A lifetime of keys makes me a sad I’m “lack’n” them today.  But that’s not quite true, is it?  I spend most days clicking away on my computer keyboard, after all.  Even better, my remote transmitter contains – behind all that technology – a modest little back-up key.  Nice to know I’m still carrying.

Some content sourced from Wikipedia, “the free encyclopedia”.

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Teacher of Note(s)

In church last Sunday, early in the service, the congregation was treated to a beautiful rendition of the hymn, “My God and I”.  The young female soloist, introduced with aspirations of the Broadway stage, stood poised behind the microphone, beaming through pitch-perfect singing.  As captivating as she might have been, my attention was drawn to her much older accompanist; a bespectacled white-haired woman at the piano, carefully dividing attention between sheet music and protege.  Wordless communication was exchanged; subtle nods of encouragement; cursory, confident smiles.  And just like that I was no longer in church, but back in second grade, toiling away at the keyboard in anticipation of my weekly piano lesson.

Josephine Siple [Sahy-puhl] – a name and face I’ll remember until my dying day – was my piano teacher from age eight until well into high school.  Why I remember her first name is a mystery (she was always “Mrs. Siple” to me) – perhaps adults said it often enough.  Josephine was the perfect embodiment of a grandmother – the white silvery hair, the abundance of wrinkles, the old-fashioned glasses, the matronly clothes, the wry smiles, and the soothing demeanor to make you feel more like a family member than a piano student.  But make no mistake; Josephine was first and foremost a teacher, educating her students as much about life’s lessons as she did the notes on the page.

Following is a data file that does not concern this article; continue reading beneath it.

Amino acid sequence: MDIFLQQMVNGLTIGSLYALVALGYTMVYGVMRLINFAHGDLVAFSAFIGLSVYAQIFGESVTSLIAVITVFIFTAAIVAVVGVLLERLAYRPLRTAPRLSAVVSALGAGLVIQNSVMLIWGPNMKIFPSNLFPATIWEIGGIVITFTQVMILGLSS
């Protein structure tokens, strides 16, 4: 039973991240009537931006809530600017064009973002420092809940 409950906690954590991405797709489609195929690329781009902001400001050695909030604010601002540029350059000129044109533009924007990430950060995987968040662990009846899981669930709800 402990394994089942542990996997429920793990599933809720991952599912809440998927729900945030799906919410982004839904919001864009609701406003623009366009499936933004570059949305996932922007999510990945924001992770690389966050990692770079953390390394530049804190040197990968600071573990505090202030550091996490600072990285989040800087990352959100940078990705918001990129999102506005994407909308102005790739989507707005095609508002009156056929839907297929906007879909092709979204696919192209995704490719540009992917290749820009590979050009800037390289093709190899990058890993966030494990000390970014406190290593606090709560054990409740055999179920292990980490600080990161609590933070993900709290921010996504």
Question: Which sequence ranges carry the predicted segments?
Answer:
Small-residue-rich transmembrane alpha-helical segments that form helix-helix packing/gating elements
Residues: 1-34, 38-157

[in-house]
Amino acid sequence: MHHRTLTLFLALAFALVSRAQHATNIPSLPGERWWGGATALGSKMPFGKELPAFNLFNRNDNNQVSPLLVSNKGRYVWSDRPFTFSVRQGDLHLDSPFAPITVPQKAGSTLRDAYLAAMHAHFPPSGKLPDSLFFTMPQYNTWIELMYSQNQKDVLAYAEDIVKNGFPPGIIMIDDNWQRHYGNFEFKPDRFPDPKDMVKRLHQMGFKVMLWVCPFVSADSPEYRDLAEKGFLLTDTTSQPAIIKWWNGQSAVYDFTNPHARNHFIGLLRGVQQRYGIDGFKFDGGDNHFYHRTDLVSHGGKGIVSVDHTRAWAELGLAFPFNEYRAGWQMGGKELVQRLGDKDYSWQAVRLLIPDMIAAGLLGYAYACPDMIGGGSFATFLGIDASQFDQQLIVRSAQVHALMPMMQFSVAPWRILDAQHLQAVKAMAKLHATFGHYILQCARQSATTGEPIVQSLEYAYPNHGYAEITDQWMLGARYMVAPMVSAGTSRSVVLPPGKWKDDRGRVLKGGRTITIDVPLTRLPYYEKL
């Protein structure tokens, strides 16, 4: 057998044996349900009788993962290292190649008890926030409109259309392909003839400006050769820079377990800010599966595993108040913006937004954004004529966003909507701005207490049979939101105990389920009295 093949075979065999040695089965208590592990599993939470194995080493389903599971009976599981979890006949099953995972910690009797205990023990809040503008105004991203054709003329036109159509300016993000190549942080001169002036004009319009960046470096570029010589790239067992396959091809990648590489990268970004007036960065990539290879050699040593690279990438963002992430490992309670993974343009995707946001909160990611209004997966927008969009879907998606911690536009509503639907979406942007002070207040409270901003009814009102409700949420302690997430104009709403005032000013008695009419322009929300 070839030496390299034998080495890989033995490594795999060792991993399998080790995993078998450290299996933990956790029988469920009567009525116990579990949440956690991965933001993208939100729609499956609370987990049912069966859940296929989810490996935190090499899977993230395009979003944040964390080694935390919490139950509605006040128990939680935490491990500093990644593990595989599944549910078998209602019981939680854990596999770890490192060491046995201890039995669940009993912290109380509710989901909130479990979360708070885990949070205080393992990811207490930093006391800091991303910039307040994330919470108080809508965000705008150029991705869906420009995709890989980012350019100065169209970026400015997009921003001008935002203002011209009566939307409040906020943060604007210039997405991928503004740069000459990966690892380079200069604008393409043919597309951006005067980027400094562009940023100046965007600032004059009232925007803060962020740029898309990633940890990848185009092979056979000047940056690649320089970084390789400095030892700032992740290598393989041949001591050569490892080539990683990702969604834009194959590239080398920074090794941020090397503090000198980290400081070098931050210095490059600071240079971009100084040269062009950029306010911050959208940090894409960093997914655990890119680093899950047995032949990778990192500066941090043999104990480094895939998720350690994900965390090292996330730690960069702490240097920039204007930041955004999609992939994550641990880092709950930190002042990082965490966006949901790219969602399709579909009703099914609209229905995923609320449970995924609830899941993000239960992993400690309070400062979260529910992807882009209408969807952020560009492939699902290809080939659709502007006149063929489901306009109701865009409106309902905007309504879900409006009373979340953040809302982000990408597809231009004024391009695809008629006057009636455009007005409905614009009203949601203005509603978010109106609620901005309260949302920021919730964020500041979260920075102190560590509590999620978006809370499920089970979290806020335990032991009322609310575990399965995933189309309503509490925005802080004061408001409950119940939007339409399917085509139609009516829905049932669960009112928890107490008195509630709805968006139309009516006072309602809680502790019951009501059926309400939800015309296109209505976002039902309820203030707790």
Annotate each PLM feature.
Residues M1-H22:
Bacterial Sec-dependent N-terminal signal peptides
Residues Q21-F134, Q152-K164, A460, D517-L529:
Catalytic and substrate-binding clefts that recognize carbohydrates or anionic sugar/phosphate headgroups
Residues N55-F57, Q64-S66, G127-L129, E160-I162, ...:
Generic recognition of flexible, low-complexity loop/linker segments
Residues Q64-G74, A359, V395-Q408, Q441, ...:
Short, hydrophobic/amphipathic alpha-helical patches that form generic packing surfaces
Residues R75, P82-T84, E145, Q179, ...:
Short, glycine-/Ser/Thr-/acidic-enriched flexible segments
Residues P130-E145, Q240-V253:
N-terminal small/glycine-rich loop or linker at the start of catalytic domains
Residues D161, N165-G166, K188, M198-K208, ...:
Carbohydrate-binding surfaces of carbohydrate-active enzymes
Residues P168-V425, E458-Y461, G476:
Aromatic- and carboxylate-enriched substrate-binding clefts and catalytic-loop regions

To add to my Norman Rockwell painting (or take away from it), Josephine lived in an unusual house just a few doors up from my own, which I traveled to by bike.  It looked and felt much more like a fortress than a residence.  You passed through an imposing wooden doorway into a stone-floored foyer.  All I remember was the vast living room to the left (the piano lesson room, with a grand and an upright side-by-side), and the rustic kitchen to the right.  A front-and-center staircase disappeared to the second level (where, for all I knew, Mr. Siple dwelled).

Bless you, Google Earth, for I confirmed – fifty years later – Josephine’s house still stands (photo above).  Her place may have been uninviting, but Josephine found a way to make it feel warm and welcoming, even to a timid child.  She would host recitals for parents in the big living room, allowing her students the luxury of a performance at the grand piano.  I can still picture Josephine in the kitchen afterwards, happily serving and chatting behind a big glass punch bowl loaded up with a concoction of 7-Up and lime sherbet, boiling and fizzing like witch’s brew.

     

A good friend confided in me recently about his granddaughter’s impatience.  He said she’d begun piano lessons – about the same age I was – but simply refused to practice.  Her parents, with utter resignation (and delusions), allowed their daughter to move on to the violin instead.  Why on earth would they endorse an infinitely-more difficult instrument when mere piano practice was already too high a hurdle?

Piano practice was never a problem for me, and I give Josephine all the credit.  She instilled a sense of responsibility which I know translated to a stick-with-it attitude in other aspects of life.  I remember one lesson where I knew I hadn’t practiced enough the week prior.  Josephine sensed it immediately, and though the exact wording escapes me, her comment had just enough, um, wisdom and sting to reevaluate my priorities.  I never showed up unprepared again.

As things are wont to do in childhood, my piano practice and lessons eventually fell by the wayside, in favor of other activities which pale by comparison.  Thanks to Josephine, I entered a few piano competitions. (I was no Van Cliburn contestant but I certainly learned how to perform under pressure.)  Thanks to Josephine, I explored outside of my comfort zone: lessons on the church organ; percussion instruments in the school orchestra; dabbles with flute in college.  None of those instruments consumed me like the piano. Then again, none of those teachers were Josephine.

My piano teacher extraordinaire is long gone, but the memories and lessons she gave me are life-long companions.  I can resurrect Josephine in a heartbeat, as through an accompanist in church.  I can also bring her back in other seemingly-random moments, reminding me her teachings went well beyond the piano.